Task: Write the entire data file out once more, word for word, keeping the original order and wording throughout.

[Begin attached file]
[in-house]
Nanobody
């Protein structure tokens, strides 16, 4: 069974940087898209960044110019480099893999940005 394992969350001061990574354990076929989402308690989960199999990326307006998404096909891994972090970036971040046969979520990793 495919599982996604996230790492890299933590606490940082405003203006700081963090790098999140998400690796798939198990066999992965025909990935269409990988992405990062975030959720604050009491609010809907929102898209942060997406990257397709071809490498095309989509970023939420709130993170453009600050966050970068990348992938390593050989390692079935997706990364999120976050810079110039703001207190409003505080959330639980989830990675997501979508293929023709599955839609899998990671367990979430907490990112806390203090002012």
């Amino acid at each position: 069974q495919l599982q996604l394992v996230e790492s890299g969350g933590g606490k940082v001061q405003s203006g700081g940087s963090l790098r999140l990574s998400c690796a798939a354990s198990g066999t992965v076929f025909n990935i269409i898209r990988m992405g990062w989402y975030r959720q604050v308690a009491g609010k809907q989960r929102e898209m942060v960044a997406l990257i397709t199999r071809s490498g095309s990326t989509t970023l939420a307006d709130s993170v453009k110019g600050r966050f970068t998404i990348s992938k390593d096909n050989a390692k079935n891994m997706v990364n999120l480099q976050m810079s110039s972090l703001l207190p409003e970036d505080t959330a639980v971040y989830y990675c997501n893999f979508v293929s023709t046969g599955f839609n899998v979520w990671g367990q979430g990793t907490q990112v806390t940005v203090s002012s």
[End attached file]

[in-house]
Nanobody
């Protein structure tokens, strides 16, 4: 069974940087898209960044110019480099893999940005 394992969350001061990574354990076929989402308690989960199999990326307006998404096909891994972090970036971040046969979520990793 495919599982996604996230790492890299933590606490940082405003203006700081963090790098999140998400690796798939198990066999992965025909990935269409990988992405990062975030959720604050009491609010809907929102898209942060997406990257397709071809490498095309989509970023939420709130993170453009600050966050970068990348992938390593050989390692079935997706990364999120976050810079110039703001207190409003505080959330639980989830990675997501979508293929023709599955839609899998990671367990979430907490990112806390203090002012």
């Amino acid at each position: 069974q495919l599982q996604l394992v996230e790492s890299g969350g933590g606490k940082v001061q405003s203006g700081g940087s963090l790098r999140l990574s998400c690796a798939a354990s198990g066999t992965v076929f025909n990935i269409i898209r990988m992405g990062w989402y975030r959720q604050v308690a009491g609010k809907q989960r929102e898209m942060v960044a997406l990257i397709t199999r071809s490498g095309s990326t989509t970023l939420a307006d709130s993170v453009k110019g600050r966050f970068t998404i990348s992938k390593d096909n050989a390692k079935n891994m997706v990364n999120l480099q976050m810079s110039s972090l703001l207190p409003e970036d505080t959330a639980v971040y989830y990675c997501n893999f979508v293929s023709t046969g599955f839609n899998v979520w990671g367990q979430g990793t907490q990112v806390t940005v203090s002012s």